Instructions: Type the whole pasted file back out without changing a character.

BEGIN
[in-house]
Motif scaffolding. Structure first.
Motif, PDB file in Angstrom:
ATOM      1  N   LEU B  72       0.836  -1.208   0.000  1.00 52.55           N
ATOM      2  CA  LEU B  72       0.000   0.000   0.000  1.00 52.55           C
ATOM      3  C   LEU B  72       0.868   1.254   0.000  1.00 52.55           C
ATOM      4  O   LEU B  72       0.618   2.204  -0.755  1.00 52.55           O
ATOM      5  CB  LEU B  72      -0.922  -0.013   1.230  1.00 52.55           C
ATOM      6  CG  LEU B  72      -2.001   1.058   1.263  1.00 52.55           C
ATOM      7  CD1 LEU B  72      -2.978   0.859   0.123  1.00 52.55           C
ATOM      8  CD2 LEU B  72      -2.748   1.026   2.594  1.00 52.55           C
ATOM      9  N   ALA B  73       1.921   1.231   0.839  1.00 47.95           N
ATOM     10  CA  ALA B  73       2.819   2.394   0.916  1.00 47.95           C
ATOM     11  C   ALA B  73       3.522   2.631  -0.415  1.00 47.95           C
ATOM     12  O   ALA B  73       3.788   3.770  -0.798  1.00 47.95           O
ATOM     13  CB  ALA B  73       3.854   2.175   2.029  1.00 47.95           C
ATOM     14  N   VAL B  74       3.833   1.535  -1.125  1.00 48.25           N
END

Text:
[in-house]
Motif scaffolding. Structure first.
Motif, PDB file in Angstrom:
ATOM      1  N   LEU B  72       0.836  -1.208   0.000  1.00 52.55           N
ATOM      2  CA  LEU B  72       0.000   0.000   0.000  1.00 52.55           C
ATOM      3  C   LEU B  72       0.868   1.254   0.000  1.00 52.55           C
ATOM      4  O   LEU B  72       0.618   2.204  -0.755  1.00 52.55           O
ATOM      5  CB  LEU B  72      -0.922  -0.013   1.230  1.00 52.55           C
ATOM      6  CG  LEU B  72      -2.001   1.058   1.263  1.00 52.55           C
ATOM      7  CD1 LEU B  72      -2.978   0.859   0.123  1.00 52.55           C
ATOM      8  CD2 LEU B  72      -2.748   1.026   2.594  1.00 52.55           C
ATOM      9  N   ALA B  73       1.921   1.231   0.839  1.00 47.95           N
ATOM     10  CA  ALA B  73       2.819   2.394   0.916  1.00 47.95           C
ATOM     11  C   ALA B  73       3.522   2.631  -0.415  1.00 47.95           C
ATOM     12  O   ALA B  73       3.788   3.770  -0.798  1.00 47.95           O
ATOM     13  CB  ALA B  73       3.854   2.175   2.029  1.00 47.95           C
ATOM     14  N   VAL B  74       3.833   1.535  -1.125  1.00 48.25           N